And That Happened: Tuesday’s scores and highlights

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Pirates 1, Reds 0: Pittsburgh keeps rolling, as four pitchers combine to shut out the Redlegs for the second night in a row. This is all pretty trippy, but I’m curious to see what happens to the Buccos when they start a ten-game stretch against St. Louis, Atlanta and Philly beginning this Friday.

Rangers 7, Angels 0: Texas apparently does not lose baseball games anymore. Twelve straight for the Rangers, this one behind eight shutout innings from Alexi Ogando.

Mets 4, Cardinals 2: Jose Reyes comes back and gets two hits and scores a run, Carlos Beltran comes back and goes 3 for 3. In fact, every Mets starting position player got a hit and Dillon Gee pitched seven strong innings.

Orioles 6, Red Sox 2: Baltimore finally figures out how to beat Boston, besting them for the first time in seven meetings. Two runs in seven innings allowed for Jeremy Guthrie, who broke a personal seven-game losing streak against the Sox.

Tigers 8, Athletics 3: Things were going just fine until the bottom of the fifth, when Detroit decided that it was time to beat the living hell out of Guillermo Moscoso. Sometimes Tigers can just turn on you like that, which is why they make poor pets.

Padres 4, Marlins 0: It was bullpen trade chip audition night for the Padres, as Qualls, Adams, Gregerson and Bell all got into the game, each holding the Fish scoreless. Of course Tim Stauffer did most of the work, shutting out Florida for six. By the way, I think I have used some variation of the phrase “shutting out” more so far this year than I did the previous three years of this feature combined.

Rays 3, Yankees 2: Bartolo Colon returned to useful form, but the pen couldn’t hold it. Of course, it’s not like they had a big margin for error given how tied up Jeremy Hellickson had the Bombers’ lineup.

Twins 2, Indians 1: Minnesota entered the bottom of the ninth down 1-0, but loaded the bases and then Danny Valencia won it with a walk-off single. I wasn’t really paying attention to this game, but Gleeman was, and he said that Tribe starter Justin Masterson threw 104 pitches in the game and that 103 of them were fastballs. Heavens to Betsy. It obviously worked, given that he shut out the Twins for seven and two-thirds. Too bad for the Indians that he couldn’t keep pumping those speedballs in there for all nine.

Royals 4, White Sox 2: Duffy beats Peavy. That almost sounds kind of cute. Pretend they’re the names of cats or teddy bears or something.  Or that instead of nouns, their names are adjectives.

Phillies 4, Cubs 2: Another bullpen failure for the Cubs, with Sean Marshall playing the role of Carlos Marmol. Wait, that’s not fair. Marshall didn’t walk the whole ballpark or anything. He was just hit. Michael Martinez had the two-run double in the ninth that proved to be the game-winner.

Astros 7, Nationals 6: Clint Barmes drove in three to help J.A. Happ get his first win in two months.

Blue Jays 6, Mariners 5: It took fourteen innings, but we got to the same place we’ve gotten a lot lately: a Mariners loss. That’s ten straight for Seattle.  Rajai Davis reached on a single in the 14th, stole second and third, and then came in to end it on a John McDonald sacrifice fly.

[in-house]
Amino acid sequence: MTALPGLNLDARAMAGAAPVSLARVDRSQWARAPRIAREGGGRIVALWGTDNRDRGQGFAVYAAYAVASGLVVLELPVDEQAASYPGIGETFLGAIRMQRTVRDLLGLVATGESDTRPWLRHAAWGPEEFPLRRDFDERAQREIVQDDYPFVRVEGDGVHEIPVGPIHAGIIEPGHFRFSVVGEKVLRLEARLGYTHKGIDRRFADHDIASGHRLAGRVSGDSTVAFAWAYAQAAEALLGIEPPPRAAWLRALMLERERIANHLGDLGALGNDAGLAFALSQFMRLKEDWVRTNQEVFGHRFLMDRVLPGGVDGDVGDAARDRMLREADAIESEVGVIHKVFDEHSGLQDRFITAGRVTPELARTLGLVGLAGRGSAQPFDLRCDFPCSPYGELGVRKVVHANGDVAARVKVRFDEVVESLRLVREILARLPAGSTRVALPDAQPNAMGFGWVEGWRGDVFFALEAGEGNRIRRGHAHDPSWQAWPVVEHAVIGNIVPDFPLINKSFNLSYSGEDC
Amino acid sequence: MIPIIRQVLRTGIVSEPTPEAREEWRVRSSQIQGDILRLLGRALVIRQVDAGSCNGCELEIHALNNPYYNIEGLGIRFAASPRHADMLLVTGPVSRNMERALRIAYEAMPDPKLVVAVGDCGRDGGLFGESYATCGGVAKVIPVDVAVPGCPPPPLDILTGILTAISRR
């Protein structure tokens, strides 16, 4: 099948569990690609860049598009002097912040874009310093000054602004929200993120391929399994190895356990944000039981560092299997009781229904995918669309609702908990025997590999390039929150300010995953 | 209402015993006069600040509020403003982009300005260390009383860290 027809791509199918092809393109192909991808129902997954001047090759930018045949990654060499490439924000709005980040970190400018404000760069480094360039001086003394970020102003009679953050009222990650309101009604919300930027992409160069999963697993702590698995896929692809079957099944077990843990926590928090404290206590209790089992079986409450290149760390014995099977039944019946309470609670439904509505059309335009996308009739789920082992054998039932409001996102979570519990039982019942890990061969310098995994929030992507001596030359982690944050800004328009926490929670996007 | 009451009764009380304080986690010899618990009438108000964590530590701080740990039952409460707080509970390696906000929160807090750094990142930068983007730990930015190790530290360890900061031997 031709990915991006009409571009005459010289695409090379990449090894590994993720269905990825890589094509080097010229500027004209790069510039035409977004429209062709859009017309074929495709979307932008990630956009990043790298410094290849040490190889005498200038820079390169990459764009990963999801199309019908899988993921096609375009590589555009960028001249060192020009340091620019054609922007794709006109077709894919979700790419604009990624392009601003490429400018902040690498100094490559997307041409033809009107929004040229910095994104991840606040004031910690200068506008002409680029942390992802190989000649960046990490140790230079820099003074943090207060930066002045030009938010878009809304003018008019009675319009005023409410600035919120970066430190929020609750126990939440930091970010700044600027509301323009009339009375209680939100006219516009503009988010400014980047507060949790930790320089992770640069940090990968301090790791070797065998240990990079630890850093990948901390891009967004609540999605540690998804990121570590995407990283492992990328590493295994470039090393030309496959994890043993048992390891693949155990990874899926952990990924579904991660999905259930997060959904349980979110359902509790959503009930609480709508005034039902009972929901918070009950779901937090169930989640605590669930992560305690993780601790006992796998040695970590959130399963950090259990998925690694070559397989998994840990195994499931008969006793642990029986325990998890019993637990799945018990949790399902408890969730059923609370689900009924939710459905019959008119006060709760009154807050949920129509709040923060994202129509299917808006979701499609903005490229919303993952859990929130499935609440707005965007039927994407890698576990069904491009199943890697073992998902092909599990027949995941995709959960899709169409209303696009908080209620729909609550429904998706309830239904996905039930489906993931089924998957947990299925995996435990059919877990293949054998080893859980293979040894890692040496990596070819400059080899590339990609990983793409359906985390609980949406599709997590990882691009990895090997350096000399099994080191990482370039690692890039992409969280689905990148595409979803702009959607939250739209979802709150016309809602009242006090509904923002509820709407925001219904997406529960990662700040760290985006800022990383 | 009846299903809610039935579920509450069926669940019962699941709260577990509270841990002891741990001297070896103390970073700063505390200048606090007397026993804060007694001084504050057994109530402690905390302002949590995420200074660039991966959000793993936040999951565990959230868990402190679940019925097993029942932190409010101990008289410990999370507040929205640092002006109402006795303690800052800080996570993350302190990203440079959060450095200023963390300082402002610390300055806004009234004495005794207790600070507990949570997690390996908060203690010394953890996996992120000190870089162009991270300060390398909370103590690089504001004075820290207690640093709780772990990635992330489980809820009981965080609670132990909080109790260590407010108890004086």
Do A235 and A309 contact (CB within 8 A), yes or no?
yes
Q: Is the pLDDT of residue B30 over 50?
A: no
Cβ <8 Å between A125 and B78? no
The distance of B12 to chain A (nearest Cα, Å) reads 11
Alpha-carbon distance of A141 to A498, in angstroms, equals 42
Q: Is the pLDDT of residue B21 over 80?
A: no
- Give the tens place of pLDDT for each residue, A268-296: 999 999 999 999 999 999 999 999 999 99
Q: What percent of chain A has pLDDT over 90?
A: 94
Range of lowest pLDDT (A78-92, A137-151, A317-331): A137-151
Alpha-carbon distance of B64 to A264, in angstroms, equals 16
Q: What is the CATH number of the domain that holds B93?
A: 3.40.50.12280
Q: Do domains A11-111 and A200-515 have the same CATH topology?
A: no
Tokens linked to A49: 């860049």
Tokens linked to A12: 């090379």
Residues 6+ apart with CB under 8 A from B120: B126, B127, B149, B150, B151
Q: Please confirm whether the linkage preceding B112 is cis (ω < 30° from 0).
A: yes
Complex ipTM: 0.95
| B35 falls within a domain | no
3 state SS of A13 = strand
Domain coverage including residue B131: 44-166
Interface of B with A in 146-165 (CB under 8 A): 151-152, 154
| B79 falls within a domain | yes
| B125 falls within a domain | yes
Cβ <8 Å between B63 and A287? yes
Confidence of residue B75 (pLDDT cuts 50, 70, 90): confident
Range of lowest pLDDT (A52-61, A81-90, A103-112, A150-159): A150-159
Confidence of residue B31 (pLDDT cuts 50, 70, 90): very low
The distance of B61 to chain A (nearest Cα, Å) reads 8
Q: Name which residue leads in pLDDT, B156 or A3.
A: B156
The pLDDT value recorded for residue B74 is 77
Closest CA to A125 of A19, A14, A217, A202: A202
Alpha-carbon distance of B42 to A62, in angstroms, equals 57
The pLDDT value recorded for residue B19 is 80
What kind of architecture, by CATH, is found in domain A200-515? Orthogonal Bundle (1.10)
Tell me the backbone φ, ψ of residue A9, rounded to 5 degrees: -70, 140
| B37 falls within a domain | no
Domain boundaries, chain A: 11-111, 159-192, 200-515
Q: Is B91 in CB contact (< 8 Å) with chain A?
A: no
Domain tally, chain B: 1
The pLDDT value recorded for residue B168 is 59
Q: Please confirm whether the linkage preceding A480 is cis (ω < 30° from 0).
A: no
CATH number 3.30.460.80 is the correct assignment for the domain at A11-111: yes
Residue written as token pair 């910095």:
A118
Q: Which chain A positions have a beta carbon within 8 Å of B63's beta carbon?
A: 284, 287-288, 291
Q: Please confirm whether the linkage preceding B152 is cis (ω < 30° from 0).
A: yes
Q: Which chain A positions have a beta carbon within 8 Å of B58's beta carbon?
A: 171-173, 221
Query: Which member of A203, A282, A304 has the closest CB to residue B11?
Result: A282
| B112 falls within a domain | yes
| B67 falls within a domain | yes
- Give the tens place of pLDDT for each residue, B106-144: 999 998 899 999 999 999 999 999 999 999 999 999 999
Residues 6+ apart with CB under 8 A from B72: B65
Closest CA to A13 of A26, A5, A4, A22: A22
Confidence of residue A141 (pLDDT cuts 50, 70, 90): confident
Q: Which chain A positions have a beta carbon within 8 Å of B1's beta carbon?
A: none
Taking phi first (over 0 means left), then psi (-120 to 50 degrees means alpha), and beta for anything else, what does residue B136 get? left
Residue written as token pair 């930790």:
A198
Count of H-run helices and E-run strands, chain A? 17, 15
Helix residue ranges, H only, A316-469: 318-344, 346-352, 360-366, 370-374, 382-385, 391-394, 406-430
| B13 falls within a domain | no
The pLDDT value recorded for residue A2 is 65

Rockies 12, Braves 3: Brandon Beachy got shelled for six runs in the first three innings and then the less-impressive end of the Braves bullpen performed pretty substandard mopup duty. This gave Ubaldo Jimenez way more run support than he needed on a night when he struck out nine while pitching into the seventh inning. Three RBI a piece for Troy Tulowitzki, Seth Smith and Dexter Fowler.

Brewers 11, Diamondbacks 3: Five homers for the Brewers — two of them by Yuniesky Betancourt of all people– as Barry Enright decided that last night was a good one to work on his batting practice pitches.

Giants 5, Dodgers 3: Brandon Belt returned and in his first game back homered in the second to kick off the scoring and doubled in two in the seventh to put the Giants up to stay. That sound you hear is Aubrey Huff getting comfortable on the bench.

Clayton Kershaw might return to the Dodgers’ rotation next week

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Dodgers southpaw Clayton Kershaw is nearing his return to the mound, according to club manager Dave Roberts. Both Kershaw (left biceps tendinitis) and fellow lefty Rich Hill (left middle finger blister) are scheduled to toss simulated games on Saturday; depending on the outcome, Roberts says Kershaw could forgo a minor league assignment and slot back into the rotation by Thursday.

Kershaw, 30, was diagnosed with biceps tendinitis as the team closed out their Mexico Series at the start of the month. He has not made a start in several weeks, but was finally able to resume throwing on Sunday and managed to get through two successful bullpen sessions. Though Dodgers’ ace hasn’t been completely injury-free over his 11-year career in the majors, this is the first significant issue he’s had with his pitching arm so far. The team is expected to take every precaution with the lefty, and will likely limit him to just four innings during Saturday’s simulated game.

Prior to his injury, Kershaw was working on another dominant run with the club, sporting a 2.86 ERA, 2.0 BB/9 and 9.8 SO/9 through his first 44 innings of the season. While Kershaw, Hill and left-handed starter Hyun-Jin Ryu served their respective terms on the disabled list this month, the Dodgers utilized a combination of relievers Ross Stripling and Brock Stewart, both of whom impressed during their limited time in the rotation.